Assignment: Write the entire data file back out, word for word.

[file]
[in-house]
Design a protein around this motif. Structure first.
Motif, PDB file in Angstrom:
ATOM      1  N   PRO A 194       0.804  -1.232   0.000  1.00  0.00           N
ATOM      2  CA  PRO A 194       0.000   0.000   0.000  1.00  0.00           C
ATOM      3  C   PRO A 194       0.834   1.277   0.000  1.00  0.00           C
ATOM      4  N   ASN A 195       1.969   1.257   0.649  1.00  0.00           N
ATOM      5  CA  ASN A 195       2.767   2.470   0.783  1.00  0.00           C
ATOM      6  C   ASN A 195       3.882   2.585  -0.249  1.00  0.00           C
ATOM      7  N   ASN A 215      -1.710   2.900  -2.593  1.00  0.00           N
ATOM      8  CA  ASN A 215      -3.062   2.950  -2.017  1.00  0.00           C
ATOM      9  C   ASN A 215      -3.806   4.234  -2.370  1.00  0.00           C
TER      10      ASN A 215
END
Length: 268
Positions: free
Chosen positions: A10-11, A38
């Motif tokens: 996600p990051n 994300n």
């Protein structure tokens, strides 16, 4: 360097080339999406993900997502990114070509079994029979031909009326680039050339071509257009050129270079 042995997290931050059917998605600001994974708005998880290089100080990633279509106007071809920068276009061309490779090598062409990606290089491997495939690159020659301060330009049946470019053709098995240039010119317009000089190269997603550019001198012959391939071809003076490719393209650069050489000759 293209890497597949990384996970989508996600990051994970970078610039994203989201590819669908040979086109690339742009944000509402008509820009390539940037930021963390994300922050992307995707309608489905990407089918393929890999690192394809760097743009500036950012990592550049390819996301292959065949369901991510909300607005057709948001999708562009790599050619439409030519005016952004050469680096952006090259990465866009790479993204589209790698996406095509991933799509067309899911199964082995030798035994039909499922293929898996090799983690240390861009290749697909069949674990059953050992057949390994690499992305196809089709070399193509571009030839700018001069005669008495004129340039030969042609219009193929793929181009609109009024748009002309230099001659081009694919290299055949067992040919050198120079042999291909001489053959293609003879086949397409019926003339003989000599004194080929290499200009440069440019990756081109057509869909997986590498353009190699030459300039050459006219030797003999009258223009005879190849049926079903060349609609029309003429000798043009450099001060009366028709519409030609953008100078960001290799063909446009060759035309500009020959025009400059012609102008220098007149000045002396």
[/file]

[in-house]
Design a protein around this motif. Structure first.
Motif, PDB file in Angstrom:
ATOM      1  N   PRO A 194       0.804  -1.232   0.000  1.00  0.00           N
ATOM      2  CA  PRO A 194       0.000   0.000   0.000  1.00  0.00           C
ATOM      3  C   PRO A 194       0.834   1.277   0.000  1.00  0.00           C
ATOM      4  N   ASN A 195       1.969   1.257   0.649  1.00  0.00           N
ATOM      5  CA  ASN A 195       2.767   2.470   0.783  1.00  0.00           C
ATOM      6  C   ASN A 195       3.882   2.585  -0.249  1.00  0.00           C
ATOM      7  N   ASN A 215      -1.710   2.900  -2.593  1.00  0.00           N
ATOM      8  CA  ASN A 215      -3.062   2.950  -2.017  1.00  0.00           C
ATOM      9  C   ASN A 215      -3.806   4.234  -2.370  1.00  0.00           C
TER      10      ASN A 215
END
Length: 268
Positions: free
Chosen positions: A10-11, A38
């Motif tokens: 996600p990051n 994300n």
């Protein structure tokens, strides 16, 4: 360097080339999406993900997502990114070509079994029979031909009326680039050339071509257009050129270079 042995997290931050059917998605600001994974708005998880290089100080990633279509106007071809920068276009061309490779090598062409990606290089491997495939690159020659301060330009049946470019053709098995240039010119317009000089190269997603550019001198012959391939071809003076490719393209650069050489000759 293209890497597949990384996970989508996600990051994970970078610039994203989201590819669908040979086109690339742009944000509402008509820009390539940037930021963390994300922050992307995707309608489905990407089918393929890999690192394809760097743009500036950012990592550049390819996301292959065949369901991510909300607005057709948001999708562009790599050619439409030519005016952004050469680096952006090259990465866009790479993204589209790698996406095509991933799509067309899911199964082995030798035994039909499922293929898996090799983690240390861009290749697909069949674990059953050992057949390994690499992305196809089709070399193509571009030839700018001069005669008495004129340039030969042609219009193929793929181009609109009024748009002309230099001659081009694919290299055949067992040919050198120079042999291909001489053959293609003879086949397409019926003339003989000599004194080929290499200009440069440019990756081109057509869909997986590498353009190699030459300039050459006219030797003999009258223009005879190849049926079903060349609609029309003429000798043009450099001060009366028709519409030609953008100078960001290799063909446009060759035309500009020959025009400059012609102008220098007149000045002396």